By Jonathan S. Vincent, AIA - LEED Accredited Professional
Everyone is interested in building a “green” house, but what that means will vary depending upon the owner’s goals. In general, a green house will be one that is designed to use fewer non-renewable resources, and to conserve land, water and energy. The best way to do this is to limit the footprint and size of the building. The reason is simple physics: a smaller house uses less material, and will require smaller energy inputs to be comfortable for its inhabitants. So the first rule is to have a compact house, with less interior volume needing to be heated and cooled.
The second most important factor is to have a tight house, without air infiltration or leaks. Fortunately, timber framed houses enclosed with either structural insulated panels (SIPs) or built-up rigid foam insulation (Timberpeg's “wrap & strap”) are inherently tight, and therefore efficient. With solid timbers providing structure, the exterior walls and roof can be either SIPs or built-up vented rigid foam systems, using sheathing, foam, strapping and finally siding. The vented air space allows any condensation forming in the walls and roof to dry harmlessly, and helps to preserve wooden finishes. The result is a tight, well-insulated house that lasts.
Next most important is insulating the foundation, walls and roof so energy transfers are kept as small as possible. This means a high “R” factor, which is a measure of resistance to the flow of heat. In the Northeast, roofs should be around R-38 and walls R-23 to keep heating (and cooling) bills low. As oil increases in price, the relative payback for more insulation shortens, so even higher levels become more economical.
Another priority is to use high quality, well insulated doors and windows. Even the best double hung windows have a U factor of .35 to .31, which is equivalent to only R-2.86 to R 3.23. So even modern, tight double-hung windows transfer far more heat than wall surfaces, which is why windows should be limited and carefully placed for optimum views and solar gain in the winter.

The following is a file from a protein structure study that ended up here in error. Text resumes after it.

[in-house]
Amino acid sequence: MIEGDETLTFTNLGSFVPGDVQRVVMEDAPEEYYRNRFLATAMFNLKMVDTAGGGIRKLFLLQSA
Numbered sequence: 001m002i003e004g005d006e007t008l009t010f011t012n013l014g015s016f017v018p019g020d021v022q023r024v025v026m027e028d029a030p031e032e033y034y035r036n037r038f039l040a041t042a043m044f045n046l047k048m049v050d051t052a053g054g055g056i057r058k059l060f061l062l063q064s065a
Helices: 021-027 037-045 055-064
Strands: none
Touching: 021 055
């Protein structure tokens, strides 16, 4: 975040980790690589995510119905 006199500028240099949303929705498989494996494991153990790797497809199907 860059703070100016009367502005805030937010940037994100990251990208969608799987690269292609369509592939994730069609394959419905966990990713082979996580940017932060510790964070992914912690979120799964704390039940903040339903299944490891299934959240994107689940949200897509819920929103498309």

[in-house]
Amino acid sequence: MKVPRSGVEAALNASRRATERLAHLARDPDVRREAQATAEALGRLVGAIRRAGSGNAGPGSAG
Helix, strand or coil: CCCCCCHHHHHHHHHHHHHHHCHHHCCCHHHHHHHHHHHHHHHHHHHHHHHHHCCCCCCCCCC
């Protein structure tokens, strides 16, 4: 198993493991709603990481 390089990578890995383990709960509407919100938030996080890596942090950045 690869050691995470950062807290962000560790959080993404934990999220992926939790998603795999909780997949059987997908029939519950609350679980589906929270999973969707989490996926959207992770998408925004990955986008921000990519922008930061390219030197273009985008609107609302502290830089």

The foundation is also a concern. Insulated walls are a must, and simply two inches of rigid polystyrene on the exterior is no longer satisfactory. Foundations can be insulated on the inside, or insulated concrete forms (ICF’s) can be used to form and insulate in one step. Like structural insulated panels (SIPs), these provide continuous, uninterrupted insulation, and are therefore more effective than traditionally framed walls, with 2x studs every sixteen to twenty-four inches. Not only is wood a relatively inefficient insulator at R 1.25 per inch, but the nails or screws act as small conductors, drawing heat through the walls. SIPs and ICF’s are more efficient and effective.
Using Energy Star rated appliances will help to limit electrical loads, and controlled mechanical ventilation is a must in a tight house. By using a Heat Recovery Ventilator even more energy can be saved, while providing needed fresh air. If the house has air conditioning, an Energy Recovery Ventilator will work in both heating and cooling cycles. Although kitchen and exhaust fans can theoretically exhaust enough air to allow fresh air in, they require adequate make-up air to function properly, and a modern timber frame house is so tight that sufficient fresh air cannot be assumed without controlled, mechanical ventilation.
Water conservation is also part of building green. Low and dual flush toilets and restricted showerheads help to conserve fresh water, and it is possible to isolate gray water for use as irrigation in dry climates. How the house is sited, and having porous paving and on-site water collection areas are other key elements in minimizing fresh water use.
Finally, one can look for renewable sources for producing heat and electrical power. Solar water heating panels have improved, with higher efficiencies, and photovoltaic panels will work well given unshaded southern or western exposures. For this reason, the orientation of the house is critical, although remotely sited photovoltaic panels can be used if necessary.
Today there are many ways to build in a more responsible and conserving manner. Keeping the house small, using naturally renewable materials like wood, and insulating well are all key design elements that will yield big rewards. Using efficient windows, and limiting their number, also helps, as does using Energy Star rated appliances and low water use fixtures. Buildings consume some forty per cent of all energy consumed annually in the United States; we owe it to our children to design and build in a more sustainable and supportable fashion.